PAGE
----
WASHINGTON — House Minority Leader Nancy Pelosi and her Republican counterpart, Majority Leader Eric Cantor, are the wealthiest members of the House leadership, according to financial disclosure forms.
Pelosi, 72, D-Calif., tops the list of House leaders, with $40 million to $187 million in financial assets she reports with her husband, San Francisco commercial real estate investor Paul Pelosi. Most of their assets are listed as rental properties in California and partnership income in companies including investment management and restaurants.
Cantor, 49, R-Va., listed financial assets including stocks and real estate holdings valued at almost $4 million to $9.6 million on his annual financial disclosure statement released today.
Among Cantor’s biggest stock holdings is an investment of $500,000 to $1 million in Domino’s Pizza. His wife, Diana, a former Goldman, Sachs vice president who is chairman of the board of the Virginia Retirement System, is a director of Domino’s Pizza and Media General Inc., a Richmond-based newspaper and broadcast company.
The Cantors also own an Arlington, Va., condominium valued at between $500,001 and $1 million. He listed between $500,000 and $1 million in Bank of America bank accounts.
Maryland Democrat Steny Hoyer, the minority whip, is among the least wealthy House leaders.
He cited assets of $30,000 to $100,000. Hoyer reported he owes at least $100,000 and as much as $250,000 in a mortgage on his Mechanicsville, Md., home to SunTrust Banks in Richmond.
Financial disclosure forms filed by members of Congress require lawmakers to state the value of holdings in broad ranges. Precise figures aren’t made public.
House Speaker John Boehner, an Ohio Republican who once owned a small business, listed unearned income of at least $10,116 and as much as $46,700 from mutual-fund dividends or capital-gains distributions.
Boehner listed assets valued between $1.8 million and $5.4 million. All of his stock and bond investments in companies including Intel, Home Depot, Honeywell International, Pfizer and JPMorgan Chase were through individual retirement accounts. He and his wife, Debbie, who works as a real estate agent, didn’t report a mortgage on their home near a golf course in suburban Cincinnati.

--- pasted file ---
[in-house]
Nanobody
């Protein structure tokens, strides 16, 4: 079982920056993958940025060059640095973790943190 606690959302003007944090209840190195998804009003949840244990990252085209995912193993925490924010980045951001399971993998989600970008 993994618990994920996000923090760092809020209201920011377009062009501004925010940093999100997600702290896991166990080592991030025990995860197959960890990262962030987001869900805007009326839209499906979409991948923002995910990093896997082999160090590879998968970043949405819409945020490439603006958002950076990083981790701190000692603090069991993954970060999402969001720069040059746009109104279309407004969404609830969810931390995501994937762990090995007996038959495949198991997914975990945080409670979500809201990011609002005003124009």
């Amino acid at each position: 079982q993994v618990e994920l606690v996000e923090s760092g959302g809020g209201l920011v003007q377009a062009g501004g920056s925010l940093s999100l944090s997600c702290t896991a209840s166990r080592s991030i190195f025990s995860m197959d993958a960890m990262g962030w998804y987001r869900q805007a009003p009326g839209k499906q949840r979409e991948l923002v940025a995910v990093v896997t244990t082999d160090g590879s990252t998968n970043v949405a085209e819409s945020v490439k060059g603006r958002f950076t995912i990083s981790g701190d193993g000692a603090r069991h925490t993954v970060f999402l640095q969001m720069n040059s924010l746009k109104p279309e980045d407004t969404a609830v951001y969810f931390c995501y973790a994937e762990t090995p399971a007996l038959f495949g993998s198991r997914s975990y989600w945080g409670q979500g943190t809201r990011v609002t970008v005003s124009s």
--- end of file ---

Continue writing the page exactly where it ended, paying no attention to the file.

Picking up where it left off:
In the Senate, Majority Leader Harry Reid of Nevada is the wealthiest Democratic leader, listing assets between $2.78 million to $6.19 million, with much of his net worth in real estate holdings in his home state of Nevada and in Arizona. Reid, the son of a Nevada hard-rock miner, has holdings in bonds and stock mutual funds and other investments.
Patty Murray of Washington state, the fourth-ranking Senate Democrat and the only woman in the chamber’s leadership, listed assets between $564,000 and $1.5 million. Senator Charles Schumer of New York, the chamber’s third-ranking Democrat, listed assets of $320,000 to $950,000.
About 20 percent of House members applied for filing extensions this year.
Members of Congress are required to report details of mortgages on their personal residences for the first time this year, a provision included as part of a congressional ethics law. While the Senate required members to list the terms of their mortgage – including interest rates, length and points used to pay down their rates – the House didn’t.
Among lawmakers paying the highest home-mortgage interest rates is Schumer, who has a 15-year mortgage taken out in 2002 at 6.85 percent.
Thursday’s filings also show what gifts lawmakers have received. Rep. Gary Ackerman, D-N.Y., acknowledged exceeding all legal limits. Ackerman, who is retiring at the end of the year, accepted a “priceless” gift, according to his personal financial disclosure form. What did the Long Islander get?
“The blessed opportunity for 30 years to pay back, in some small measure, the good things that happened to me.” And who gave it to him? “The people,” his form said.